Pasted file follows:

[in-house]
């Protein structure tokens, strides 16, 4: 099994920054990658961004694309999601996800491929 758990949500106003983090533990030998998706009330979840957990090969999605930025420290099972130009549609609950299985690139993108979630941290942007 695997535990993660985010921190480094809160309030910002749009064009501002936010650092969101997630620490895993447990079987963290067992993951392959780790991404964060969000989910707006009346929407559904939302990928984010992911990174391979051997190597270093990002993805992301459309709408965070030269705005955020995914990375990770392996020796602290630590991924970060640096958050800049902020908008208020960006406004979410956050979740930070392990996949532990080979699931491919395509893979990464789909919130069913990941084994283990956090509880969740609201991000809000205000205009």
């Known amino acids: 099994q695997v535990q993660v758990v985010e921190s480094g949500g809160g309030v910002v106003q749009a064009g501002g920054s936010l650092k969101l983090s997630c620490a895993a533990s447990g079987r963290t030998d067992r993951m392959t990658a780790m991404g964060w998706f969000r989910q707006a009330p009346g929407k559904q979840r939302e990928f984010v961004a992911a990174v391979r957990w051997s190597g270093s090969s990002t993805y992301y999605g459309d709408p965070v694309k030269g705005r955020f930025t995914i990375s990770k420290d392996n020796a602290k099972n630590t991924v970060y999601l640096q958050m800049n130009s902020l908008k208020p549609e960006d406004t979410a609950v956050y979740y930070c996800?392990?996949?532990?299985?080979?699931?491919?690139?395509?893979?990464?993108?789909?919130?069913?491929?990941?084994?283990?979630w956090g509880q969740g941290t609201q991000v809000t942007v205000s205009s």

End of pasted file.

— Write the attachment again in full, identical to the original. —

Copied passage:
[in-house]
């Protein structure tokens, strides 16, 4: 099994920054990658961004694309999601996800491929 758990949500106003983090533990030998998706009330979840957990090969999605930025420290099972130009549609609950299985690139993108979630941290942007 695997535990993660985010921190480094809160309030910002749009064009501002936010650092969101997630620490895993447990079987963290067992993951392959780790991404964060969000989910707006009346929407559904939302990928984010992911990174391979051997190597270093990002993805992301459309709408965070030269705005955020995914990375990770392996020796602290630590991924970060640096958050800049902020908008208020960006406004979410956050979740930070392990996949532990080979699931491919395509893979990464789909919130069913990941084994283990956090509880969740609201991000809000205000205009």
């Known amino acids: 099994q695997v535990q993660v758990v985010e921190s480094g949500g809160g309030v910002v106003q749009a064009g501002g920054s936010l650092k969101l983090s997630c620490a895993a533990s447990g079987r963290t030998d067992r993951m392959t990658a780790m991404g964060w998706f969000r989910q707006a009330p009346g929407k559904q979840r939302e990928f984010v961004a992911a990174v391979r957990w051997s190597g270093s090969s990002t993805y992301y999605g459309d709408p965070v694309k030269g705005r955020f930025t995914i990375s990770k420290d392996n020796a602290k099972n630590t991924v970060y999601l640096q958050m800049n130009s902020l908008k208020p549609e960006d406004t979410a609950v956050y979740y930070c996800?392990?996949?532990?299985?080979?699931?491919?690139?395509?893979?990464?993108?789909?919130?069913?491929?990941?084994?283990?979630w956090g509880q969740g941290t609201q991000v809000t942007v205000s205009s």